21    Aug 20123 comments

Family History: Telling tales of the dead

The obituary is one of the most useful of all records for genealogists, often providing clues to names and places of hard-to-find relatives or data about the deceased. Genealogists love obituaries.

How have obituaries changed over the years? Has public fascination with celebrities grown during the 20th century, while interest in those who achieve or produce (scientists, inventors or religious figures) has decreased?

A University of South Carolina sociologist has now investigated a century of New York Times obits as a cultural barometer.

Using The New York Times obituaries, sociologist Patrick Nolan has analyzed 100 years of obits (1900-2000), working from the paper’s “notable deaths” section. The results of his study, “Dead Men Do Tell Tales: The Apotheosis of Celebrities in 20th-century America,” are in the summer issue of the sociological journal “Sociation Today.”

He expected his theory to hold true. The surprise was how strong the evidence would be. Nolan says the most striking results were simultaneous increases in celebrity obits and declines in religious obits.

They document the increasing secularization and hedonism of American culture at a time when personal income was rising and public concern was shifting away from the basic issues of survival.

The magnitude of these trends is seismic. While the Greeks may have looked to their gods for guidance and entertainment, we’ve turned increasingly to our celebrities – entertainers and athletes.

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8    Aug 20121 comment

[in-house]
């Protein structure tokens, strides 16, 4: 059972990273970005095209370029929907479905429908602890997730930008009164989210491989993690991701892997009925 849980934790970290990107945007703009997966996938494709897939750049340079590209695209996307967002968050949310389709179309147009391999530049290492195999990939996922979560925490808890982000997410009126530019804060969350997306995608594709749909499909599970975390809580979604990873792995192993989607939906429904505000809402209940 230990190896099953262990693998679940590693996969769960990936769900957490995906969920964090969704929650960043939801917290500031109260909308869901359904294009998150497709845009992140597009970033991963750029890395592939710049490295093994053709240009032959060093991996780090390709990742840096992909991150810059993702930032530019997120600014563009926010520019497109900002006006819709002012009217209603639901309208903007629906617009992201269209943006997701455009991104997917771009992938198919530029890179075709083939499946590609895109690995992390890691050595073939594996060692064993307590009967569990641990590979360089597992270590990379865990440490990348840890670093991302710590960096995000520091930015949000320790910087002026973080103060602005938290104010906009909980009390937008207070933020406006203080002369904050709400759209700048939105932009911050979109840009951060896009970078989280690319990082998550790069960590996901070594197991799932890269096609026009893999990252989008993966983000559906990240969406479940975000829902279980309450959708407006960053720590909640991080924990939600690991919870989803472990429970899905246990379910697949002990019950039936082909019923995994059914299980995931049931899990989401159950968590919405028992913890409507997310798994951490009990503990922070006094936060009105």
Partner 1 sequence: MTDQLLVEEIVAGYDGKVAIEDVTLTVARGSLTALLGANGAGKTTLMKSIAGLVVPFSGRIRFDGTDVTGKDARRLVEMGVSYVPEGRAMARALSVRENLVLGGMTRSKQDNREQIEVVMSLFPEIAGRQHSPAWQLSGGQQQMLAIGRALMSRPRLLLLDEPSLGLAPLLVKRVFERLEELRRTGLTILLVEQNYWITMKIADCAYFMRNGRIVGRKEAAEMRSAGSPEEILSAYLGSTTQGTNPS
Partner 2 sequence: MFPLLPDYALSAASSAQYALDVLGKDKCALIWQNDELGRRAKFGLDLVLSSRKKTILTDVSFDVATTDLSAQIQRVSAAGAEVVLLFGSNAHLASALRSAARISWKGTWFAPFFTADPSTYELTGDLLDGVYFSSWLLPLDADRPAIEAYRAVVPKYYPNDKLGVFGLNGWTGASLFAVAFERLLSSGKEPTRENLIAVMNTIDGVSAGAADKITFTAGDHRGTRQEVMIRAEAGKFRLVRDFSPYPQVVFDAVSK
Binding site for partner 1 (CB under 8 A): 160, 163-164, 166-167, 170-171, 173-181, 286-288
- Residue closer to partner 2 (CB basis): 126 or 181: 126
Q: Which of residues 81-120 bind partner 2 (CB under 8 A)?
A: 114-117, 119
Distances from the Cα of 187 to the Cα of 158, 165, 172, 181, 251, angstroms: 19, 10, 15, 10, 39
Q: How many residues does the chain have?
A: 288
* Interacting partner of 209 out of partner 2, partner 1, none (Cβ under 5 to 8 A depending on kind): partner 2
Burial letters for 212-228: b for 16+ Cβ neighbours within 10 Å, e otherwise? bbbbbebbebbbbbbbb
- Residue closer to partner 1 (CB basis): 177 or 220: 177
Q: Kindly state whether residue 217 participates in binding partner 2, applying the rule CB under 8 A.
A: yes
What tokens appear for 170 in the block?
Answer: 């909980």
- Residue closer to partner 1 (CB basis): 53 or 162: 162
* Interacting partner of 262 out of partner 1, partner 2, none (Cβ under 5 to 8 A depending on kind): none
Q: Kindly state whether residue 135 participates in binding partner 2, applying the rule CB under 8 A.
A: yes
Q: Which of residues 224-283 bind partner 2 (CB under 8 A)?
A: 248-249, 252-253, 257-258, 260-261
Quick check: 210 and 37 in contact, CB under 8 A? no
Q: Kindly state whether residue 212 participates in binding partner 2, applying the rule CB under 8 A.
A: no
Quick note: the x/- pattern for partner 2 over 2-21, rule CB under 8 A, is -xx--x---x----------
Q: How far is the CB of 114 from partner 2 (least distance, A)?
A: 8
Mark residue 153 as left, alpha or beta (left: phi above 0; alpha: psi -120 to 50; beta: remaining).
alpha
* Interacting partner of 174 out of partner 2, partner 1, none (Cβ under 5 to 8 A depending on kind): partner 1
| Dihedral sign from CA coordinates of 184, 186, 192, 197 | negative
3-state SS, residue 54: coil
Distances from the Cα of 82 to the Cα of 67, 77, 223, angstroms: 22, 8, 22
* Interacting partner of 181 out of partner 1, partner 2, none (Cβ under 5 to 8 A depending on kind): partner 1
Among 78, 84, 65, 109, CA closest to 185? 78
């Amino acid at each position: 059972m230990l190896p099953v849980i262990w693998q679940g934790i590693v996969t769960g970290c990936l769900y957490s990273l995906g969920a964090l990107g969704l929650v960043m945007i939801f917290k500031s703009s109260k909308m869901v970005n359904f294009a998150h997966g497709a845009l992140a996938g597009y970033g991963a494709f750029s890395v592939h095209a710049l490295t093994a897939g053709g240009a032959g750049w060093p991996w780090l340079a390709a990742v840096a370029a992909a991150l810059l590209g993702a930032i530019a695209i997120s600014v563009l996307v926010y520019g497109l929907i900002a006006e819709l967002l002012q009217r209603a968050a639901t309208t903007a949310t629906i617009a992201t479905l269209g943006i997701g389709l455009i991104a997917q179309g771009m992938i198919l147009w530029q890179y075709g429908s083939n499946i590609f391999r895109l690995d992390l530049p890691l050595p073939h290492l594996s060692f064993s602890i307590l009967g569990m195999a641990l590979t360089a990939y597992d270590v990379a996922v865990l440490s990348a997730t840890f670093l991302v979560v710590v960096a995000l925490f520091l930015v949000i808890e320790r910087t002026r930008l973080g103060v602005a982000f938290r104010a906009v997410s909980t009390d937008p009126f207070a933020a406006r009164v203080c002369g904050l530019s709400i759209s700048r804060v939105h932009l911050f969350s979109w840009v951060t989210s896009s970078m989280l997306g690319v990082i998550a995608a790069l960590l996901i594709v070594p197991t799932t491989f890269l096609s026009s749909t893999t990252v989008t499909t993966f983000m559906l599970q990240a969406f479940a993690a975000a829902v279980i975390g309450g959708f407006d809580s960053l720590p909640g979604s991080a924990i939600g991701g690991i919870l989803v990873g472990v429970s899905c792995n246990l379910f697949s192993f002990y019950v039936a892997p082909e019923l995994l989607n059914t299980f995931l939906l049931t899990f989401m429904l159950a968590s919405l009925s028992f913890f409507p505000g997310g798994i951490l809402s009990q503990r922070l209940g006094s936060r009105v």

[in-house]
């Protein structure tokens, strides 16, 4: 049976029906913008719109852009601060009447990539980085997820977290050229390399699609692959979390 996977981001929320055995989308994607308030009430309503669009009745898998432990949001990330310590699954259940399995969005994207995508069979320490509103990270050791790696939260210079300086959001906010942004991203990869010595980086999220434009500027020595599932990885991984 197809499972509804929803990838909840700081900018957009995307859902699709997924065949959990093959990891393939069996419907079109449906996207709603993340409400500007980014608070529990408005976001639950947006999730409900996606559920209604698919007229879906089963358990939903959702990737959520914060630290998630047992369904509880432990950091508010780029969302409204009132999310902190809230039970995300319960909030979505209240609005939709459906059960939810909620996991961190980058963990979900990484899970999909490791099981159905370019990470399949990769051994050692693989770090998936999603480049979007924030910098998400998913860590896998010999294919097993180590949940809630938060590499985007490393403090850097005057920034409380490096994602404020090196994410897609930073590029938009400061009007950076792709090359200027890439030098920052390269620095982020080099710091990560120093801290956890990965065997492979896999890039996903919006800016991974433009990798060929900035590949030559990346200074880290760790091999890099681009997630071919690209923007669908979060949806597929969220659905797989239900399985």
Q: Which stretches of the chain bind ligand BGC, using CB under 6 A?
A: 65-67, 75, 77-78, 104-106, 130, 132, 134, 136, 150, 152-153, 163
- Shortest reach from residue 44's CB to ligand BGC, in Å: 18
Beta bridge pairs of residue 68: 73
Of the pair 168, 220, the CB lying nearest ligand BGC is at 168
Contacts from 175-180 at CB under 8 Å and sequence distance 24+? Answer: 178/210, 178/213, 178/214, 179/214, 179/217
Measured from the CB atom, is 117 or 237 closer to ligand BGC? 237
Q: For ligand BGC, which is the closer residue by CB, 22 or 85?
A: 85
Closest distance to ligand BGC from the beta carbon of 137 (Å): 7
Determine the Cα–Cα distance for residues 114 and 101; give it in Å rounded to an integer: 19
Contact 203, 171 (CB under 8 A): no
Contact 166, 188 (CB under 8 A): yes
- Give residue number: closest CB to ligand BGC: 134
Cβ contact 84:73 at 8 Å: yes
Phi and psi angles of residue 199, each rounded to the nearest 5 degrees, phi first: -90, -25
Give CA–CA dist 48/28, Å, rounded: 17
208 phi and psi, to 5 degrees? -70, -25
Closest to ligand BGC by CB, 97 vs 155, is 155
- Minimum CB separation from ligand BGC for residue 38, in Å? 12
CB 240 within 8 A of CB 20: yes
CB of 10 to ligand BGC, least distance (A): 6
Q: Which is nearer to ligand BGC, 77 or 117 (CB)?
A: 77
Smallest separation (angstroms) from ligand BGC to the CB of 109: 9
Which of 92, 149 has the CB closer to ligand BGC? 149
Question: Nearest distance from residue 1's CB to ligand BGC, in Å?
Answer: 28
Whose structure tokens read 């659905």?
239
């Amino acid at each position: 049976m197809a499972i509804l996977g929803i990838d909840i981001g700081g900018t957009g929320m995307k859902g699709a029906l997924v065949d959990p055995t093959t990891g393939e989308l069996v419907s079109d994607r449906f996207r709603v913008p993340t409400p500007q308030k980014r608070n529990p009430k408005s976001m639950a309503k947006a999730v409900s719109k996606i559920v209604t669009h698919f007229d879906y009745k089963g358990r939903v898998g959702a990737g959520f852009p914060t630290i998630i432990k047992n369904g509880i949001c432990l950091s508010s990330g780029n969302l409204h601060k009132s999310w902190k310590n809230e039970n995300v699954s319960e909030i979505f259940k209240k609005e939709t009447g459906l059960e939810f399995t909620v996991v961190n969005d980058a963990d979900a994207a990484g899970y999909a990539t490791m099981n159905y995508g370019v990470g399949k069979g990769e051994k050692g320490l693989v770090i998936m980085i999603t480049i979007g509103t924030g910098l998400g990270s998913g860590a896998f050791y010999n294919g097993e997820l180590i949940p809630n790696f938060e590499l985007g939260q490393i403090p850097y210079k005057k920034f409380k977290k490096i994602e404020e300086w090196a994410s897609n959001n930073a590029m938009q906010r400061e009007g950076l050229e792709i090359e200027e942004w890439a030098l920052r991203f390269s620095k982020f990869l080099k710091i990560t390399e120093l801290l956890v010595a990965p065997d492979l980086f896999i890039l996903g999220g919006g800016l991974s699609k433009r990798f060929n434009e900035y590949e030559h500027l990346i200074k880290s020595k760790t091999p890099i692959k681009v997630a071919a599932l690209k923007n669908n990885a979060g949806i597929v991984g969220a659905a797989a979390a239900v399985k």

Family: Dealing with sibling rivalry

Since Cain and Abel, sibling rivalry has been an age-old problem.

The term "sibling rivalry" was coined by David Levy in 1937 in relation to the common aggressive response of an older sibling to a new baby in the family. It is also used to describe competition or antagonism between children of the same parents.

It has various causes. Freud thought it was connected to the Oedipus complex whereby sibling brothers would compete for their mother's love, or between sisters for their father's attention.

Kyla Boyse from the University of Michigan suggests it stems from a child's need to define himself or herself as an individual and to separate from a sibling.

Alfred Adler proposes that sibling rivalry is based on siblings "striving for significance" within their family.

Most psychologists believe that it stems from an innate desire to attain parental attention achieved through competing with the sibling.

Whatever the cause, the manifestation can be ugly.

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